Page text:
IE Change Event Delay

The Web is ever changing, and this article is relatively ancient having been published 8 years ago. It is likely out of date or even blatantly incorrect in relation to modern better practices, so proceed at your own risk.

I recently developed a sign-up form for a client that includes on-page price total calculation using JavaScript (jQuery). The premise is simple: the user provides information and specify options, then clicks a radio button to choose a specific price plan. The initial total price calculation is triggered by the change() event for the radio button elements. But, the client was concerned (and with user testing, it turned out rightly so) because in IE, the price calculation didn’t happen until the user clicked somewhere else on the page. In cases where they first clicked one option, then a different one, the price would seemingly lag behind because of IE’s delayed change event firing. It was confusing to the user, but worse—confusing for me to “fix” IE’s implementation.

The awesome news is that this has been fixed in jQuery 1.4, but the concern is still valid for older versions (which my application was using) and straight-JavaScript implementations.

The problem

In Internet Explorer, the change event fires when focus leaves the form element (an event know as blur). That means that the event happens only once a user has clicked on—or used the keyboard to navigate to—another element on the page (form or other).  In cases like mine, where a user is expecting instant feedback to their click, this causes issues with user experience. Unfortunately, this isn’t exactly a “bug,” as it’s how IE handles this event in 6, 7 and 8.

In other browsers—Firefox, Webkit-based (Safari/Chrome) and Opera—the event fires off immediately, so in order to have consistent, intelligent operation, we have to hack IE’s basic behavior. The easiest solution is to bind your function to a different event, such as the click event, but that’s generally not the right solution. There is a better one.

Why using the click event is wrong

One word: accessibility. Users—whether they have a disability that restricts their use of the mouse or like to tab about the page with the keyboard for speed—don’t always use the mouse to move from form element to form element. So, if you bind your functionality to the click event, you may end up messing with a user’s workflow, which makes for unhappy visitors. In some cases, it may even make a user unable to use your application. So don’t use that as your solution.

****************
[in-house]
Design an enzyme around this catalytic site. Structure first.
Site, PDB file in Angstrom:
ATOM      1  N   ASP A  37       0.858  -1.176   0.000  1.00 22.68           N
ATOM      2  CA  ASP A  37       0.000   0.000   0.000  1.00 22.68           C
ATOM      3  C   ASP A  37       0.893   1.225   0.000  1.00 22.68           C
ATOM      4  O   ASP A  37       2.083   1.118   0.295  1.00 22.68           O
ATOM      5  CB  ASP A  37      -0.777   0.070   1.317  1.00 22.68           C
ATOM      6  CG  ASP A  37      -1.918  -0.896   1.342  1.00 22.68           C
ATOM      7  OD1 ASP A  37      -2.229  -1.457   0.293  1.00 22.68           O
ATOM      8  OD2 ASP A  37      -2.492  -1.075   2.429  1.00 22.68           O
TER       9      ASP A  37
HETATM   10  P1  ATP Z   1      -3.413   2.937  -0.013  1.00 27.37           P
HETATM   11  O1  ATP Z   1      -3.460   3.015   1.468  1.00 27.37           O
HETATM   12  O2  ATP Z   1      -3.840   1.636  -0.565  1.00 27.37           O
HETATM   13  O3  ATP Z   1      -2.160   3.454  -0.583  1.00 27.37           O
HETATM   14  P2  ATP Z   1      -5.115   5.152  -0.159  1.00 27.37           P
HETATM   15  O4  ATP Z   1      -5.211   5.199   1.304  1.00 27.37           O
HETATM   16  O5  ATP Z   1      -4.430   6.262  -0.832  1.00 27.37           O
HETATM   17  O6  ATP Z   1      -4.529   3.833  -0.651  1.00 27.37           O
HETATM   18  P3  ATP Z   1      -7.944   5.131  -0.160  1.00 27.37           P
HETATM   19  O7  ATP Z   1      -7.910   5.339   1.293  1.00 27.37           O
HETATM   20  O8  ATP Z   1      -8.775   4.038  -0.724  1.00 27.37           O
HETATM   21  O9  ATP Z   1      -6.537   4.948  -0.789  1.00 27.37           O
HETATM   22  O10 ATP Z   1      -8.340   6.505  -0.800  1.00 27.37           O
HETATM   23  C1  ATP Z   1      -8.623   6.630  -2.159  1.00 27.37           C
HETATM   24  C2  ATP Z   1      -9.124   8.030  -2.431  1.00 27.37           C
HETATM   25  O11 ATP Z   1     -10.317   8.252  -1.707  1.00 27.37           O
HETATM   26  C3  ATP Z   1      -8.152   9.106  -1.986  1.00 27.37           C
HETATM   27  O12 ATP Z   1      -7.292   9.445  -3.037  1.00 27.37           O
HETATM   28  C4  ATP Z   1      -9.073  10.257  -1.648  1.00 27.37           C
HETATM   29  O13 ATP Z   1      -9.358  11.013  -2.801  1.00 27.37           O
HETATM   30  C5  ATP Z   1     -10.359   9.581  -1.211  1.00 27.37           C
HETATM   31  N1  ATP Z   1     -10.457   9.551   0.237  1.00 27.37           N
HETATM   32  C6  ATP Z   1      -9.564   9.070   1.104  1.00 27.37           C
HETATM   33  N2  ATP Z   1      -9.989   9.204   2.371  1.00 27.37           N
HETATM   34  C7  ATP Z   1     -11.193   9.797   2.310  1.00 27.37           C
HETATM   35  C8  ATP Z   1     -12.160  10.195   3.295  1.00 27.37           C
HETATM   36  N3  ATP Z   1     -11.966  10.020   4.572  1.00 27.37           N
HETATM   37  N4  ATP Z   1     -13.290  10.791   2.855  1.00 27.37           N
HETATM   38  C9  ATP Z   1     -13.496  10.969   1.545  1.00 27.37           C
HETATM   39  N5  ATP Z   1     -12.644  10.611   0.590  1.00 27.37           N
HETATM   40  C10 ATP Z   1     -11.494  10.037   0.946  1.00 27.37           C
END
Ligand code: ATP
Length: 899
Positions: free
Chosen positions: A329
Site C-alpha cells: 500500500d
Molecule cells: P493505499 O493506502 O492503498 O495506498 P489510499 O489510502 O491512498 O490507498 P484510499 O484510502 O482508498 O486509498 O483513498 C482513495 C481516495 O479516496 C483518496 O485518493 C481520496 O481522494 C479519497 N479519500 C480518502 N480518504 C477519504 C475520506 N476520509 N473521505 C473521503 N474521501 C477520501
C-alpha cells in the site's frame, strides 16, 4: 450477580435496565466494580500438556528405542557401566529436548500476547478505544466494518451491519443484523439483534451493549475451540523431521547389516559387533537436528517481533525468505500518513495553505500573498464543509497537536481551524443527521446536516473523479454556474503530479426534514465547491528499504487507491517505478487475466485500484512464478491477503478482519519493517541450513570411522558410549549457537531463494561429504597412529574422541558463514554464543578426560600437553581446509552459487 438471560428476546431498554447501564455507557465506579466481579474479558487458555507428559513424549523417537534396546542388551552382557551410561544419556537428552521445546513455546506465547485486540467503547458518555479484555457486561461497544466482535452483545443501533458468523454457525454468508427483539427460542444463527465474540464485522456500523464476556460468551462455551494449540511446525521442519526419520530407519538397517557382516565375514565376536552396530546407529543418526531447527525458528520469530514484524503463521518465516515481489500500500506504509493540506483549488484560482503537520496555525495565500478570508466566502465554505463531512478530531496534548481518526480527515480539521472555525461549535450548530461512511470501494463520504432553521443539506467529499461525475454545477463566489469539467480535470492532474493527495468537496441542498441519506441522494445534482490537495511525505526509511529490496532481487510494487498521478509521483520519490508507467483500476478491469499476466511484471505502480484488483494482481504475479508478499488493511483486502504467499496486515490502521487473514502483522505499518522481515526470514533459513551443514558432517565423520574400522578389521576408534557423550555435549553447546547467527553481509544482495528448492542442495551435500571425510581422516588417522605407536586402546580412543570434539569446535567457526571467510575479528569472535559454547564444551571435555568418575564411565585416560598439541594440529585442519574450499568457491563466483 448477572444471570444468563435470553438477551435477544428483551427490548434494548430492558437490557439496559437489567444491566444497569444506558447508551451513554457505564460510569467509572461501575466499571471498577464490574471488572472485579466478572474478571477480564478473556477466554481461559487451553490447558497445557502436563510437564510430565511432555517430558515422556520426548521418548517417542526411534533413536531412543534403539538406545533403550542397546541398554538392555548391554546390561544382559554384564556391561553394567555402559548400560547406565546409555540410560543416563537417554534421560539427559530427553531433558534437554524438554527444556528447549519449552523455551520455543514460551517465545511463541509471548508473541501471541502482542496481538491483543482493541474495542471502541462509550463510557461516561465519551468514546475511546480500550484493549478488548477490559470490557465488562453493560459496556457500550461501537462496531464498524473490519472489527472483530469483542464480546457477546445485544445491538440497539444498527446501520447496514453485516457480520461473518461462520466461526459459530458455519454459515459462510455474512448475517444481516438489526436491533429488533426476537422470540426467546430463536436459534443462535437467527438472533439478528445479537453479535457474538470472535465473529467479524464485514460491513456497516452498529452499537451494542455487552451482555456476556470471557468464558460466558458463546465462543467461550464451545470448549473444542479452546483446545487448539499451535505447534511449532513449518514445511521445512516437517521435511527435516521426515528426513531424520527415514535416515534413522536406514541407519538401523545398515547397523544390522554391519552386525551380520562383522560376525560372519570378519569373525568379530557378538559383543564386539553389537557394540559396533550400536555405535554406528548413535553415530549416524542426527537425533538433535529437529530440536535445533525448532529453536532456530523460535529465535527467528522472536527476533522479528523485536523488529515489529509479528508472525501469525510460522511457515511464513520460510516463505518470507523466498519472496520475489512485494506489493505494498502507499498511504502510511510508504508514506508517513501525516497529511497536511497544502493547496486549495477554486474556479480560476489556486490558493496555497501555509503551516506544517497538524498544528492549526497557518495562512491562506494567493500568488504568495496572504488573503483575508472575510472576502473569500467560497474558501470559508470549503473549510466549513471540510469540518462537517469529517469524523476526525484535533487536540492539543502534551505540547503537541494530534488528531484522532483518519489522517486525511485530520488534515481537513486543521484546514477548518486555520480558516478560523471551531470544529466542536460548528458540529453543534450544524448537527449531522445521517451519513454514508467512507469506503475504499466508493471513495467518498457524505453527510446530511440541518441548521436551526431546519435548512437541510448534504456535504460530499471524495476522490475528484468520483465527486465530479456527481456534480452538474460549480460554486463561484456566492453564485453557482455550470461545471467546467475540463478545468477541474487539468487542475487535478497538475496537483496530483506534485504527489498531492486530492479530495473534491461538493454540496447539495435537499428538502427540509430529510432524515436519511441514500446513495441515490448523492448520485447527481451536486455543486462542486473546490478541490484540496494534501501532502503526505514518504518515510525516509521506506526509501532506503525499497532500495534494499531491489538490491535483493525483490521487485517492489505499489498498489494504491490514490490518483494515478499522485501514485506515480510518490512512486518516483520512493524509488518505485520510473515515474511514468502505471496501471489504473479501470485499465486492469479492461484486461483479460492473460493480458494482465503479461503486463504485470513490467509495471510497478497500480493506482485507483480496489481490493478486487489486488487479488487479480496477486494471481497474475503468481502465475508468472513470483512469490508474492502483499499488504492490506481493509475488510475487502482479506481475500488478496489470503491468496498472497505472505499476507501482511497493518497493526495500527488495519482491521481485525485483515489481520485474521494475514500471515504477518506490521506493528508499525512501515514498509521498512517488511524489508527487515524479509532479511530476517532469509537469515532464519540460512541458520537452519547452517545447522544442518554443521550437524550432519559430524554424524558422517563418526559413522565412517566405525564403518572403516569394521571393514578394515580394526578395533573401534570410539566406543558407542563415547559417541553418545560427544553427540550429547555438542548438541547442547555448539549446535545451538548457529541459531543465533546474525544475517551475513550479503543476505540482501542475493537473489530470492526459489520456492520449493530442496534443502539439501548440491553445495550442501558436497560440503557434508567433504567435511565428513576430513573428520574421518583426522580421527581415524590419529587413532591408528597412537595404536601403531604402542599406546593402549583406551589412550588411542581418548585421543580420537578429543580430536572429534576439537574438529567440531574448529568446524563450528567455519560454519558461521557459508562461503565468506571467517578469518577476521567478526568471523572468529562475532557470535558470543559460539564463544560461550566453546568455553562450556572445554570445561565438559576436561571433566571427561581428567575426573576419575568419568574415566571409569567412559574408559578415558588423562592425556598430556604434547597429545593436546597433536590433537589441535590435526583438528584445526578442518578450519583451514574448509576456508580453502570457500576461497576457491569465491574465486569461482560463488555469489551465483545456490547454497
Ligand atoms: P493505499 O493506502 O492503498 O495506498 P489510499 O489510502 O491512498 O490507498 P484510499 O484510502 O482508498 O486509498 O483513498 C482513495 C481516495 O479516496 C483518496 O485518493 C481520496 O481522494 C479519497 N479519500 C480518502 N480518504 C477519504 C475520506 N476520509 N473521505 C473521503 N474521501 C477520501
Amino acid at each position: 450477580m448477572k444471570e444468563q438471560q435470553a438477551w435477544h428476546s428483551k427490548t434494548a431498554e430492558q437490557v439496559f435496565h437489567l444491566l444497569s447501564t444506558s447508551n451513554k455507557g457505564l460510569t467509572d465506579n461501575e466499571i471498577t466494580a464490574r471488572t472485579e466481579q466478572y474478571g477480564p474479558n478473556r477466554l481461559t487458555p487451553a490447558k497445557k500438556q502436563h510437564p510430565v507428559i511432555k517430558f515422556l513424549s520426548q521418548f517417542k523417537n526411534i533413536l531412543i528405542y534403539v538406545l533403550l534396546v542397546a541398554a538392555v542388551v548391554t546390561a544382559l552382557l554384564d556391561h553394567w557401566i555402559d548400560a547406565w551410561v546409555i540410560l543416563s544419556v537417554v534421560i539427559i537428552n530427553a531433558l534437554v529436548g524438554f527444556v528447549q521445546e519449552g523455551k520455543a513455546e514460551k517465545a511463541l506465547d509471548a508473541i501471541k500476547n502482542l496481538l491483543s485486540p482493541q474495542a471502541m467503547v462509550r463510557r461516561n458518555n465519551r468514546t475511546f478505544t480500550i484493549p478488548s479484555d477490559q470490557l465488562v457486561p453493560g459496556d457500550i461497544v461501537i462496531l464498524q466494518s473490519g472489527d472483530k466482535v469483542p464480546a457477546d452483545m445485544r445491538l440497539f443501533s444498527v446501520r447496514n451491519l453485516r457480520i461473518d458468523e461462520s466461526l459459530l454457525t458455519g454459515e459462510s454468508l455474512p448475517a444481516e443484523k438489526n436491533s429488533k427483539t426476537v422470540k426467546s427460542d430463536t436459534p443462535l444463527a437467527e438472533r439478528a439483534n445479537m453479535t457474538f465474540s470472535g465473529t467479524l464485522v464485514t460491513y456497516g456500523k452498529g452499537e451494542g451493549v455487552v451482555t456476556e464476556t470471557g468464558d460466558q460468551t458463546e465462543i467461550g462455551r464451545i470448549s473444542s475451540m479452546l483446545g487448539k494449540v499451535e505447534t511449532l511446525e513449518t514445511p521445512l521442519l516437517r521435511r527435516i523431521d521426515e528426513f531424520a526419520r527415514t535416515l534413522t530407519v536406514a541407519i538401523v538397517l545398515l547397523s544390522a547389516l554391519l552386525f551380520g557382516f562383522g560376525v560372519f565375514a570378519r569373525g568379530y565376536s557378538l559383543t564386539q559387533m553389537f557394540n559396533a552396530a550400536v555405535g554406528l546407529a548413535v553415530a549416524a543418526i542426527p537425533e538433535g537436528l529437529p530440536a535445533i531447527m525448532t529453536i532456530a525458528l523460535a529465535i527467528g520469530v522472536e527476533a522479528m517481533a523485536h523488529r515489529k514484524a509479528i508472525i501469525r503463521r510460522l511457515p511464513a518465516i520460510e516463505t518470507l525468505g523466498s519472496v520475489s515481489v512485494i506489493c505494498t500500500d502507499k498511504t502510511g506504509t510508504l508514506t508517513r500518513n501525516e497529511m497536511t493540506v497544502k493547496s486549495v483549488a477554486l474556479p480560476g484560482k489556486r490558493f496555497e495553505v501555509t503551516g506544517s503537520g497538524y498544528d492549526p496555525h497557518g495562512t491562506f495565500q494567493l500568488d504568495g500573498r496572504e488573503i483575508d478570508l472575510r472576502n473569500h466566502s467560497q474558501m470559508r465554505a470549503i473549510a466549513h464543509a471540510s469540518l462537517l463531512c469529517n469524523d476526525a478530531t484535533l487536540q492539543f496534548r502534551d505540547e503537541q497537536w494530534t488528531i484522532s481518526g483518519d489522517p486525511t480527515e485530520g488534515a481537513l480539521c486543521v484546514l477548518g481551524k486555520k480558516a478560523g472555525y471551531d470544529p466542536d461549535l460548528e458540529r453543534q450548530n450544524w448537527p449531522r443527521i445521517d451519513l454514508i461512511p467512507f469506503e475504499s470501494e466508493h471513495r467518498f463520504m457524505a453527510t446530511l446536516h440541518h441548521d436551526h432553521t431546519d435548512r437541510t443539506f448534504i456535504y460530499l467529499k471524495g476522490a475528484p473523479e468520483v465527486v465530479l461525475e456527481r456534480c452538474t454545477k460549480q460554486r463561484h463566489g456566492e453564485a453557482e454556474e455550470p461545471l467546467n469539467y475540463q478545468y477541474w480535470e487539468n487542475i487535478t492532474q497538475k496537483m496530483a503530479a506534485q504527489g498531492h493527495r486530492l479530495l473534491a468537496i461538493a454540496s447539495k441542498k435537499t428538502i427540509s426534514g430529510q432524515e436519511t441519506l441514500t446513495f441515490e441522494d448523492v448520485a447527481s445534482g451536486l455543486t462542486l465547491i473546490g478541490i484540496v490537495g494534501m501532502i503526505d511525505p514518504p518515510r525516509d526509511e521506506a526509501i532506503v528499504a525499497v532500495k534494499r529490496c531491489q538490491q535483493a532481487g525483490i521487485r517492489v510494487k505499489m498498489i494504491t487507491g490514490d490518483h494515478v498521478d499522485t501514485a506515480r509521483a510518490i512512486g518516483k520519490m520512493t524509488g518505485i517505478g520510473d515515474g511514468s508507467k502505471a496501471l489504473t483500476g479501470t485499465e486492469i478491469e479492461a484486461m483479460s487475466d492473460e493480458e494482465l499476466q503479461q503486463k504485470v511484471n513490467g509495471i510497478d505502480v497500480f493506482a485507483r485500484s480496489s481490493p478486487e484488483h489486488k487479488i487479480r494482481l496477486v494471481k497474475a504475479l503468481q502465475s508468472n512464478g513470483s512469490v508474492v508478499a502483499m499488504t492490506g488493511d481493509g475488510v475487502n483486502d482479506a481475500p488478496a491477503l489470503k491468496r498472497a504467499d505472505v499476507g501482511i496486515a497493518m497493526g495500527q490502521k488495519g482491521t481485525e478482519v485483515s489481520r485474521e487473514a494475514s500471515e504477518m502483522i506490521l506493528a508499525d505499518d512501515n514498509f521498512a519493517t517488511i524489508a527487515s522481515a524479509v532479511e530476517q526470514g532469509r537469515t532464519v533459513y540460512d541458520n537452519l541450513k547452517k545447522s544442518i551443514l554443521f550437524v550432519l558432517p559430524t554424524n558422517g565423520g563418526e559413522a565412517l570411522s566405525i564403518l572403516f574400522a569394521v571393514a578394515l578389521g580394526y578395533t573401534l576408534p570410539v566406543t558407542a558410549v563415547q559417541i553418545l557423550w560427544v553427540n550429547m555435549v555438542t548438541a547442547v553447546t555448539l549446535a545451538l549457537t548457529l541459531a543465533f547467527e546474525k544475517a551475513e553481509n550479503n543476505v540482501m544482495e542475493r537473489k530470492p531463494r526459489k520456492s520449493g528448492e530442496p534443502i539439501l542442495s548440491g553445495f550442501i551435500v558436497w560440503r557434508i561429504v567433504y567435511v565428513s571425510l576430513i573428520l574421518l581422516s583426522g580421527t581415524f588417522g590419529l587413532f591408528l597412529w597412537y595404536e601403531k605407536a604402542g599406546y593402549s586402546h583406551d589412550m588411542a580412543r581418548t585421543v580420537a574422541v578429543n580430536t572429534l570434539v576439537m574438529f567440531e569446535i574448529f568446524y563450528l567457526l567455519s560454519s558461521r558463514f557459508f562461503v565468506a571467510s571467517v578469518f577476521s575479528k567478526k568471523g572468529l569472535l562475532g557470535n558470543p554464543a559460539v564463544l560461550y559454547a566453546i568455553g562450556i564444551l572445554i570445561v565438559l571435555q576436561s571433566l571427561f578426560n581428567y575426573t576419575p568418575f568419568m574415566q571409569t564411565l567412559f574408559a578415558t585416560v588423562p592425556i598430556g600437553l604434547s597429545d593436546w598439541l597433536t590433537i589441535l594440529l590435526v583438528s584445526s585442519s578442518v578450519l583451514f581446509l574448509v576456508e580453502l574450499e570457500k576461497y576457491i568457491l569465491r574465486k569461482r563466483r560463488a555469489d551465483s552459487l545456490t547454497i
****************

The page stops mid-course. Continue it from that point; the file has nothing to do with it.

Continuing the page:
The real solution

If IE needs a blur event to know that the change event should fire, give it one when the element is clicked. In jQuery, that looks something like:

$("#element").click(function(){
	// In IE, we need to do blur then focus to trigger a change event
	if ($.browser.msie) {
		this.blur();
		this.focus();
	}
}).change(function(){ actionIWantOnChange(); });

This code tricks IE into thinking that focus has been changed away from the element when it is clicked. But since the change event is also triggered, the actions attached to that event also happen. Keyboard navigability still works, because even though there is no click, the change event will fire when they use the keyboard to move to another field meaning the feedback is instantaneous.

Now, you can probably improve my above example by using better feature-sniffing to test for IE instead of the browser object in jQuery, but my time for creating a fix was limited—and this code gets the job done.

The TITLE element and jQuery’s text() function

You’re doing it wrong. In a day of zero fun, a coworker and I ended up tasked with debugging a jQuery-based script that seemed to be perfectly fine, except of course, the part where it wasn’t working as expected in IE. After some tracing, it turns out the issue had everything to do with one line of code not returning a value: $("title").text();. To translate, the author of the code had been trying to retrieve the text of the title element using jQuery’s text function. But, turns out that doesn’t work in IE.

The solution

If you want to retrieve the value of the page title, use document.title. If you want to set the value of the page title—the title displayed at the top of the browser—use document.title.

It doesn’t matter if you’re working with straight JavaScript or a library like jQuery, the correct way to interact with the page title is through document.title.

Here’s a full code example:

var foo = document.title;
alert("The title was "+foo);
// on this site, the above alert would read
// "The title was The TITLE element and jQuery’s text() function"
document.title = "Now it’s been changed.";
alert(document.title);
// this alert = "Now it’s been changed"
// the display at the top of the browser changes too

The explanation

Don’t worry, I’m not going to leave you high and dry without explaining why the original approach didn’t work.

The problem exists in IE because IE doesn’t consider the title element to have child nodes. By W3C specs, the title element contains one, and only one child node: a text node. It can not have any child elements. Just the one text node.  But according to IE, that text exists in some strange nebulous state outside of a normal text node. Here’s a code example.

var titles = document.getElementsByTagName("title");
var kids = titles[0].childNodes;
alert(kids.length);

If you run that code in IE, the alert will be 0. In FireFox, Chrome, Safari, Opera, etc, it will return 1, the expected amount.

Breaking down jQuery.text()

So, the reason $("title").text() doesn’t work in IE is because of jQuery.text()’s reliance on children nodes. Let’s take a look at the function (jQuery version 1.4.2, line 3418):

function getText( elems ) {